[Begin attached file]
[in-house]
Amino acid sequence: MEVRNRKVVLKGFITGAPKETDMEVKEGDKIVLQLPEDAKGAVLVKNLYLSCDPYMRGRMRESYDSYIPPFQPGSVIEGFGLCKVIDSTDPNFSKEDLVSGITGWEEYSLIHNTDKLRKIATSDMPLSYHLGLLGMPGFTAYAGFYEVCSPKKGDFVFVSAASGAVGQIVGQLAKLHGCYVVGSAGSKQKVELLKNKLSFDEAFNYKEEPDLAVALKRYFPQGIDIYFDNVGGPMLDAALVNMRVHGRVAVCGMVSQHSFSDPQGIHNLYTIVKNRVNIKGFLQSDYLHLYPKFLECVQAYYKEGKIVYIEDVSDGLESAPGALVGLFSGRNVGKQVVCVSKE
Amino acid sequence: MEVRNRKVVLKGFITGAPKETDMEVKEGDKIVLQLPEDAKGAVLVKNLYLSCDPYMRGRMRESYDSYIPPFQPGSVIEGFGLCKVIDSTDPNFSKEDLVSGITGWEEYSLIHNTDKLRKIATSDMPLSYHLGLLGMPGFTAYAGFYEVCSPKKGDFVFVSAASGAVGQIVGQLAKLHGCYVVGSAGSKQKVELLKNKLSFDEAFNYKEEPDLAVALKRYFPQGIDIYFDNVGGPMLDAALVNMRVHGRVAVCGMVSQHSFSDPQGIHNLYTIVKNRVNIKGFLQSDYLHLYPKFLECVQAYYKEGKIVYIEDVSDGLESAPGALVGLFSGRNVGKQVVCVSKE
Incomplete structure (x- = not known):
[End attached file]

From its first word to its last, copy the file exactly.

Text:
[in-house]
Amino acid sequence: MEVRNRKVVLKGFITGAPKETDMEVKEGDKIVLQLPEDAKGAVLVKNLYLSCDPYMRGRMRESYDSYIPPFQPGSVIEGFGLCKVIDSTDPNFSKEDLVSGITGWEEYSLIHNTDKLRKIATSDMPLSYHLGLLGMPGFTAYAGFYEVCSPKKGDFVFVSAASGAVGQIVGQLAKLHGCYVVGSAGSKQKVELLKNKLSFDEAFNYKEEPDLAVALKRYFPQGIDIYFDNVGGPMLDAALVNMRVHGRVAVCGMVSQHSFSDPQGIHNLYTIVKNRVNIKGFLQSDYLHLYPKFLECVQAYYKEGKIVYIEDVSDGLESAPGALVGLFSGRNVGKQVVCVSKE
Amino acid sequence: MEVRNRKVVLKGFITGAPKETDMEVKEGDKIVLQLPEDAKGAVLVKNLYLSCDPYMRGRMRESYDSYIPPFQPGSVIEGFGLCKVIDSTDPNFSKEDLVSGITGWEEYSLIHNTDKLRKIATSDMPLSYHLGLLGMPGFTAYAGFYEVCSPKKGDFVFVSAASGAVGQIVGQLAKLHGCYVVGSAGSKQKVELLKNKLSFDEAFNYKEEPDLAVALKRYFPQGIDIYFDNVGGPMLDAALVNMRVHGRVAVCGMVSQHSFSDPQGIHNLYTIVKNRVNIKGFLQSDYLHLYPKFLECVQAYYKEGKIVYIEDVSDGLESAPGALVGLFSGRNVGKQVVCVSKE
Incomplete structure (x- = not known):